For an example of how closure works, Listing 18.8 shows code that you could use to set up different types of error messages. Such subroutines are useful in creating templates of all error messages.

Listing 18.8. Using closures.


sub errorMsg {

         my $lvl = shift;


        # define the subroutine to run when called.


         return sub {

        my $msg = shift;  # Define the error type now.

        print "Err Level $lvl:$msg\n"; }; # print later.


$severe  = errorMsg("Severe");

$fatal = errorMsg("Fatal");

$annoy = errorMsg("Annoying");

&$severe("Divide by zero");

&$fatal("Did you forget to use a semi-colon?");

&$annoy("Uninitialized variable in use");

$severe  = errorMsg("Severe");

$fatal   = errorMsg("Fatal");

$annoy   = errorMsg("Annoying");

The subroutine errorMsg declared here uses a local variable called lvl. After this declaration, errorMsg uses $lvl in the subroutine it returns to the caller. The value of $lvl is therefore set in the context when the subroutine errorMsg is first called, even though the keyword my is used. The three calls that follow set up three different $lvl variable values, each in their own context:

$severe  = errorMsg("Severe");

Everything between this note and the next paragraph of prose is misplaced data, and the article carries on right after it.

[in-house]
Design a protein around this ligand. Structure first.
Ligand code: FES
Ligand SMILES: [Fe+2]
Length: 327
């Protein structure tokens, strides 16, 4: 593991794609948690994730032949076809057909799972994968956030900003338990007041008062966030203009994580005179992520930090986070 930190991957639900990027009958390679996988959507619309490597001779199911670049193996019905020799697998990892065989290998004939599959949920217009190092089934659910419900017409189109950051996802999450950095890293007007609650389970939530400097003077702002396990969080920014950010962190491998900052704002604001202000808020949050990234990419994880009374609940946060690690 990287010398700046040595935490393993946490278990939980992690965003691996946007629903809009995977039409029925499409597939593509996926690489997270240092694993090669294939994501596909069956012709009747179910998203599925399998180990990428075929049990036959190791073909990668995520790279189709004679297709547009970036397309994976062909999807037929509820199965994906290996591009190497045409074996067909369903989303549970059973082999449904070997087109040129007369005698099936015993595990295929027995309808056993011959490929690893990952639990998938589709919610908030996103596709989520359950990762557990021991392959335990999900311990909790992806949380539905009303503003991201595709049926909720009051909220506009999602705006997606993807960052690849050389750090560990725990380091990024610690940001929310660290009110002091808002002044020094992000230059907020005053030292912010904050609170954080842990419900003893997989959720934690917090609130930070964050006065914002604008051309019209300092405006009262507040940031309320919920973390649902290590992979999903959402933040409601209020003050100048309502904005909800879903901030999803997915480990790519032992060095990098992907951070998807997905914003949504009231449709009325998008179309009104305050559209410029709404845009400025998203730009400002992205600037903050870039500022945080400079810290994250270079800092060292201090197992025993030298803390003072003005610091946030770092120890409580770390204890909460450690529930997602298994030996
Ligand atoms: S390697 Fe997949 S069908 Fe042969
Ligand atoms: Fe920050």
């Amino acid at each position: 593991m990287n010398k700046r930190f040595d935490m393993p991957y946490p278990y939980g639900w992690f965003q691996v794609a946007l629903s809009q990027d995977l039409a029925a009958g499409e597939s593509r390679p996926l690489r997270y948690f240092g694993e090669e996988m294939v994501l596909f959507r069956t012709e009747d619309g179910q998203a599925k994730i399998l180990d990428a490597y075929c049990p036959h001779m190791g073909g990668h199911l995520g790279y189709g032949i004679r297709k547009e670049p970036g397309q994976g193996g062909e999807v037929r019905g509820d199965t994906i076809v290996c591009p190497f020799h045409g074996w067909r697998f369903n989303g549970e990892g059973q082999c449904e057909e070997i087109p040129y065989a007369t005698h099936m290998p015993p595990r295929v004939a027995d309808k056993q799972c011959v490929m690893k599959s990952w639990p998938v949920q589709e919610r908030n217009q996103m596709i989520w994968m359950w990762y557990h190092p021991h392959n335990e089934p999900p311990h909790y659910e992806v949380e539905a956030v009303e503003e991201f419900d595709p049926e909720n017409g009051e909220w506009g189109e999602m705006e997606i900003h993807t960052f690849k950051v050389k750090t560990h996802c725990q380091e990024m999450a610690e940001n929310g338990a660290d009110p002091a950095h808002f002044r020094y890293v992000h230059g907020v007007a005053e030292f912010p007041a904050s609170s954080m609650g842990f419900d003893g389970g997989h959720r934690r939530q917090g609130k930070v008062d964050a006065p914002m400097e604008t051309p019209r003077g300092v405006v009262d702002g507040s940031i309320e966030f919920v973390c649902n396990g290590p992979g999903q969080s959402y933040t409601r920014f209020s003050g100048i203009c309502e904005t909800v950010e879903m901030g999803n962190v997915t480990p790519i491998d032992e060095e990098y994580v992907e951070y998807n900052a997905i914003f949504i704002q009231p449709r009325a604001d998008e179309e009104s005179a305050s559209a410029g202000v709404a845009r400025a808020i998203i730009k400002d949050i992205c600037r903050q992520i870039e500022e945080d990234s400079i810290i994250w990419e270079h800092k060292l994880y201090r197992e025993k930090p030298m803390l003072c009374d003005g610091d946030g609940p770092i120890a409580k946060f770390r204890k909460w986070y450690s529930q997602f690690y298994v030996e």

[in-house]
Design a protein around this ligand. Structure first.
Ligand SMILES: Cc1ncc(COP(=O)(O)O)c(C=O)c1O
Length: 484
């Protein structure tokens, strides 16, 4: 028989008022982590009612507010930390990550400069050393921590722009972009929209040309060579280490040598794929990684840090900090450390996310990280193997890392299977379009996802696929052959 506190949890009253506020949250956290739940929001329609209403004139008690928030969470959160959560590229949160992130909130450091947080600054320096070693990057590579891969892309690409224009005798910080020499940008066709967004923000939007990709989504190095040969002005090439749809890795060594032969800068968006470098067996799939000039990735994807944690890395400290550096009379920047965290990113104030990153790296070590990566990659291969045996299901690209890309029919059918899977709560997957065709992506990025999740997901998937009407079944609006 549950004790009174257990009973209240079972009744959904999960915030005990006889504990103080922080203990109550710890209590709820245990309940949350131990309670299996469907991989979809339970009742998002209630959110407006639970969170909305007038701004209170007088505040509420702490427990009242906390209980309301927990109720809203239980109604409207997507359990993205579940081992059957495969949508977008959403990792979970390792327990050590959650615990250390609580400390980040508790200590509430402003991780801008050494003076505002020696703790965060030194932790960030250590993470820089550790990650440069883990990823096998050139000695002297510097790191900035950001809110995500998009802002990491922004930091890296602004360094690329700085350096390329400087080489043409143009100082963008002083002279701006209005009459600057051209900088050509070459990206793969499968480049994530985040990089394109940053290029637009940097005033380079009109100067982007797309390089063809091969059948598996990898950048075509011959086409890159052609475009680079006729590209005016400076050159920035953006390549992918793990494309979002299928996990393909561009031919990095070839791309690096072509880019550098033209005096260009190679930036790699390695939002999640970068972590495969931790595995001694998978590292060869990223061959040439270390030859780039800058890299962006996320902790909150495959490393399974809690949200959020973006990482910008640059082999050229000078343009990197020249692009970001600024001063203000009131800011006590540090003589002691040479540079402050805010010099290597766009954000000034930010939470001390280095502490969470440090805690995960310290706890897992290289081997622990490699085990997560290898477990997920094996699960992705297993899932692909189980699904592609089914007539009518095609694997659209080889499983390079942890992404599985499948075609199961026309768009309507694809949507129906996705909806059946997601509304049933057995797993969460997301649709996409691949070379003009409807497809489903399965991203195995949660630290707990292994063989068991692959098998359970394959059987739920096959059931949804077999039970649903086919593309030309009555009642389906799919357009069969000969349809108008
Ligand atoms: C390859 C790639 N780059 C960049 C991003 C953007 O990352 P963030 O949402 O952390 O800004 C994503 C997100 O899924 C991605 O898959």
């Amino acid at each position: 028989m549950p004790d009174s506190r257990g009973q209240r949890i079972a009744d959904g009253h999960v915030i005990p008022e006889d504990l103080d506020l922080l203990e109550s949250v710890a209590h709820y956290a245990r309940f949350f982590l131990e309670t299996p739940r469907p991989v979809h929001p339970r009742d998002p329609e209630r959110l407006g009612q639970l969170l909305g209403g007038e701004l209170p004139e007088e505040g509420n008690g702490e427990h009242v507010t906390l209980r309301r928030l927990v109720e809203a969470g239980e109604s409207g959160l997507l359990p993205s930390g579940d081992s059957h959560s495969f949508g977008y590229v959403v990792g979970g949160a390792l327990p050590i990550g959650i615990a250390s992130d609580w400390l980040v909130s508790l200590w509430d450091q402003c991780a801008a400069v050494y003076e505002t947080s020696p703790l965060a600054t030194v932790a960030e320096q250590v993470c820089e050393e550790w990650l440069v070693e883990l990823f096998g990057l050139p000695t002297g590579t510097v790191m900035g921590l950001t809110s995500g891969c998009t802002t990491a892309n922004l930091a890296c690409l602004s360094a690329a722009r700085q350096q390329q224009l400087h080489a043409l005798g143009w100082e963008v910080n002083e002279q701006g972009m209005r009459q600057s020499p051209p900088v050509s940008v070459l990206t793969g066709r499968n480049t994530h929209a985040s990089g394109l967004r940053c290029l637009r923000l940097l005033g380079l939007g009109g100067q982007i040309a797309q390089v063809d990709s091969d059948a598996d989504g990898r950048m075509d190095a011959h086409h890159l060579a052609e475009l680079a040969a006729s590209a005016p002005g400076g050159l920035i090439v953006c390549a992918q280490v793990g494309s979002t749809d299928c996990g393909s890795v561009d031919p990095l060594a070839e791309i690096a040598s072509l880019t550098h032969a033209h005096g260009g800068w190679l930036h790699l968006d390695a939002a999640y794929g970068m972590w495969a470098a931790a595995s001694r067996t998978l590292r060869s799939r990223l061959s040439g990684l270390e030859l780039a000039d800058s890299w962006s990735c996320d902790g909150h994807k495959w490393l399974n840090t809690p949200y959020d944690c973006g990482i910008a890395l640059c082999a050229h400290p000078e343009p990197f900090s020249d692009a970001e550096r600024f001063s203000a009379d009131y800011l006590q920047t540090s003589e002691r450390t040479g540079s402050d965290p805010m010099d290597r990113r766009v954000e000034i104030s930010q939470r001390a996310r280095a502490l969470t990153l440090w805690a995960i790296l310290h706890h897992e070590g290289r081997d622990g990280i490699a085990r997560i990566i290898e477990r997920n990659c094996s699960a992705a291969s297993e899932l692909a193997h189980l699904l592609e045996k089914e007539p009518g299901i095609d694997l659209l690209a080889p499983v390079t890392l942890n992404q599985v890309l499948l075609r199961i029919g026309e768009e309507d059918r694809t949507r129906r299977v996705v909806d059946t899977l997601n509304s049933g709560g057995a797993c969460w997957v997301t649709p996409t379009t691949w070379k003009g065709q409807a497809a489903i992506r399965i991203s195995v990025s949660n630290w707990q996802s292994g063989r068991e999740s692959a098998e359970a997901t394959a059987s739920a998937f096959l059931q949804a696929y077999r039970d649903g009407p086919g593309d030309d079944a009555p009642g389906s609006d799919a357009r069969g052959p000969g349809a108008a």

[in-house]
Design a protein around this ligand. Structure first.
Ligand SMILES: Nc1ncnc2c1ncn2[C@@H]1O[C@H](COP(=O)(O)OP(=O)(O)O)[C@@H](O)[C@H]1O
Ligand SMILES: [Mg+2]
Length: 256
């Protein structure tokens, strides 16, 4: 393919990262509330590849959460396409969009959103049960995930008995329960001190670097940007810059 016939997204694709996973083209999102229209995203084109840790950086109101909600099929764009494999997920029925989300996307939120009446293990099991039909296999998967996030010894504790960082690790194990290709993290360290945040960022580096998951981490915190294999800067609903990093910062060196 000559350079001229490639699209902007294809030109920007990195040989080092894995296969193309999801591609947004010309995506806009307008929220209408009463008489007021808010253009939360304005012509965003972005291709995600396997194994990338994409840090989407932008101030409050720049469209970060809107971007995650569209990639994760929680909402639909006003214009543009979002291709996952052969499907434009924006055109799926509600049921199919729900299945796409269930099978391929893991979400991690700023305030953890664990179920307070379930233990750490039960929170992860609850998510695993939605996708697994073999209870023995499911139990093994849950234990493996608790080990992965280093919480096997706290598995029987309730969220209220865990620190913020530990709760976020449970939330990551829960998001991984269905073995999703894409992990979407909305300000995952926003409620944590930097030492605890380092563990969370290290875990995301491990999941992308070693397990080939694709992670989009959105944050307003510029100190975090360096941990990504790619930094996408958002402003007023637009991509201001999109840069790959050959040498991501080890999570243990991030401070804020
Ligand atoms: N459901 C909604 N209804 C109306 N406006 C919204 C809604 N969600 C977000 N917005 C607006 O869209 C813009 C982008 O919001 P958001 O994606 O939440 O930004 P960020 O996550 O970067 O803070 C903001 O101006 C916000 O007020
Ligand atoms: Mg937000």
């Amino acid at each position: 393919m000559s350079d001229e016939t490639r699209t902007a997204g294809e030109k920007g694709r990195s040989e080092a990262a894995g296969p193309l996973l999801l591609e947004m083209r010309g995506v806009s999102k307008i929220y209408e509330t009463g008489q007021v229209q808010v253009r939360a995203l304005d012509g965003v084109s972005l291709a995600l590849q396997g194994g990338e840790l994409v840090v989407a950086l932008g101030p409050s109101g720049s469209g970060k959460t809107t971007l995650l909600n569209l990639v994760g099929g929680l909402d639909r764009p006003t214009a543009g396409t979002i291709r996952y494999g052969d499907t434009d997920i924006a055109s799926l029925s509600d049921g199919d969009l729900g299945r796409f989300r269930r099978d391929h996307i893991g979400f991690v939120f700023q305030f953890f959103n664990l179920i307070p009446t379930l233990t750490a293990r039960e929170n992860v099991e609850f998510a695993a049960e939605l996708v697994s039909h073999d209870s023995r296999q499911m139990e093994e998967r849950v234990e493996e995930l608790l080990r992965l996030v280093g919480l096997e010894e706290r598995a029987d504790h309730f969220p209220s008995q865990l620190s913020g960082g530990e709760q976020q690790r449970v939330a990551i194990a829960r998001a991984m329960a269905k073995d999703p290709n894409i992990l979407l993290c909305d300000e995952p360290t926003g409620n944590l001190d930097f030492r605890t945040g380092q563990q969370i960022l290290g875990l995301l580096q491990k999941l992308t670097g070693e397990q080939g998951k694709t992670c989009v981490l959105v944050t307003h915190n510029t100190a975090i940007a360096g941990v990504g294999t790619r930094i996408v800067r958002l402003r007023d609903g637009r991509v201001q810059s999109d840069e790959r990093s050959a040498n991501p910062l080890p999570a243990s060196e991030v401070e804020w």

$fatal   = errorMsg("Fatal");

$annoy   = errorMsg("Annoying");

When the subroutine, errorMsg, returns, the value of $lvl is retained for each context in which $lvl was declared. The $msg value from the referenced call is used, but the value of $lvl remains what was first set in the actual creation of the function.

Sounds confusing? It is. This is primarily the reason you do not see such code in most Perl programs.

Using Subroutines to Work with Multiple Arrays

Using arrays is great for collecting relevant information in one place. Now let's see how we can work with multiple arrays through subroutines. You pass one or more arrays into Perl subroutines by reference. However, you have to keep in mind a few subtle things about using the @_ symbol when you process these arrays in the subroutine. Look at Listing 18.9, which is an example of a subroutine that expects a list of names and a list of phone numbers.